Journal of the Plague No. 4: The Pinto and the Cost of Human Life

Yellow Ford Pinto in front of industrial building
Ford Pinto at Studio 1970. Photo by John Lloyd.

Some of you may recall the Ford Pinto, a small, economical car manufactured from 1971-1980. They were cheap, popular, and had a bad habit of blowing up, causing serious injury and sometimes death to their drivers and passengers.

According to reporting first done by Mother Jones, an internal Ford memo found that an $11 part would have fixed the faulty system that caused the cars to blow up. One might assume, then, that Ford issued a recall, fixed all the Pintos for $11 each, and sent everyone on their way again. But instead, having already paid out money to the survivors of Pinto explosion victims, they first decided to do a little math.

As Lewis Hyde notes in writing about the Pinto story, “In order to apply a cost-benefit analysis to a situation in which the core equation is ‘cost of safety parts vs cost of lives lost,’ one must first put a price on life. Ford was spared the embarrassment of doing this themselves because the National Highway Traffic Safety Administration had already done it and Ford merely cribbed the figures.

Table showing  price of human life broken down by productivity lost,  medical costs, funeral costs, etc. Total is $200,725
The cost of a traffic fatality from a 1971 NHTSA study.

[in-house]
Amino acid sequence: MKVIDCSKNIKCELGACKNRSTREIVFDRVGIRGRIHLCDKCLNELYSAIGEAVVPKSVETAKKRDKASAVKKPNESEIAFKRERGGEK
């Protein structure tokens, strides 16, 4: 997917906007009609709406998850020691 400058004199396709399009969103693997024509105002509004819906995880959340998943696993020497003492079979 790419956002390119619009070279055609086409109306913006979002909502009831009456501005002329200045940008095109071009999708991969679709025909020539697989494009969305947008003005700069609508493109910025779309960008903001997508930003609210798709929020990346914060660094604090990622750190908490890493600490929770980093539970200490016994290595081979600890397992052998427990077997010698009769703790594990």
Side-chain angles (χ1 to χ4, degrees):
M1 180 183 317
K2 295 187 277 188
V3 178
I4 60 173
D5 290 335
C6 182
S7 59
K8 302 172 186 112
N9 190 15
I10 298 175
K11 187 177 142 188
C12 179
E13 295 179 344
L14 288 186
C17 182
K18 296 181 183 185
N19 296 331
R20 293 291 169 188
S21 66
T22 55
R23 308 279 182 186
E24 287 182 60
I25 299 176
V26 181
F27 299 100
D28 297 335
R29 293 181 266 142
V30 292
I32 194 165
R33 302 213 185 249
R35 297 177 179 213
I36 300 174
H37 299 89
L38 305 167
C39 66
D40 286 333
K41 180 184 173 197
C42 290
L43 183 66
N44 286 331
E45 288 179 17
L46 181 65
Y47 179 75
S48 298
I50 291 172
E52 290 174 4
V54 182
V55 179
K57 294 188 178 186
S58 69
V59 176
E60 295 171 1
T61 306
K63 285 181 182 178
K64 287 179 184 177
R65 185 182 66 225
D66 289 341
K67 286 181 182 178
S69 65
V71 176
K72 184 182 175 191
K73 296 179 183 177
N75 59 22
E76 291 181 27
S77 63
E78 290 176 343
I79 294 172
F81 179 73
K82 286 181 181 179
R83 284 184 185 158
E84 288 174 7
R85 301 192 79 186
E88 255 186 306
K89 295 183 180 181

Ford, in doing the math on how many fatalities and injuries they’d have to pay out for each year versus the cost of adding an $11 part to 11 million cars decided, in the end, it was cheaper to let people die.

I have been thinking a lot about the story of the Ford Pinto (which figures as a plot point in one of my favorite novels, Ghost Dance by Carole Maso), and what it tells us about humanity, particularly when compromised by corporate interests, and what it might tell us about the decisions our governments, companies, and organizations are making right now.

Last week New York Governor Andrew Cuomo said “my mother is not expendable and your mother is not expendable and our brothers and sisters are not expendable and we’re not going to accept a premise that human life is disposable and we’re not going to put a dollar figure on human life,” and, all problems with Cuomo aside, I was filled with a sense of relief, for here, suddenly, was an actual leader talking about actual human lives.

Every time I listen to the news, I hear about the economy, and to be sure, as an economic determinist, I would never argue that it does not have an effect on people’s lives—indeed, I have argued for years that capitalism is killing people faster than almost anything else. But that is not what is meant by “the economy” as described by most news outlets. They mean the Dow Jones Industrial Average, not what Molly Ivins used to call the Doug Jones Average—the way that real people are living, and, in this case, dying.

I keep trying to live by the decisions I feel are best and to call into question those that I feel are detrimental to the well-being of my community. Of course I don’t know which decisions are best on a higher level, but I know that every expert I have heard suggests the same basics: stay at home. Wash your hands. Sanitize your high touch surfaces. Stay at least six feet away from others when you do go out.

Like many, because of my job, I’m not able to follow all those precepts all the time, although perhaps my salary and my health insurance are enough to cover the cost. I hope you and yours are staying as safe as you can, and I hope, in the end, we do not decide that (as they say in Casablanca) human life is cheap.

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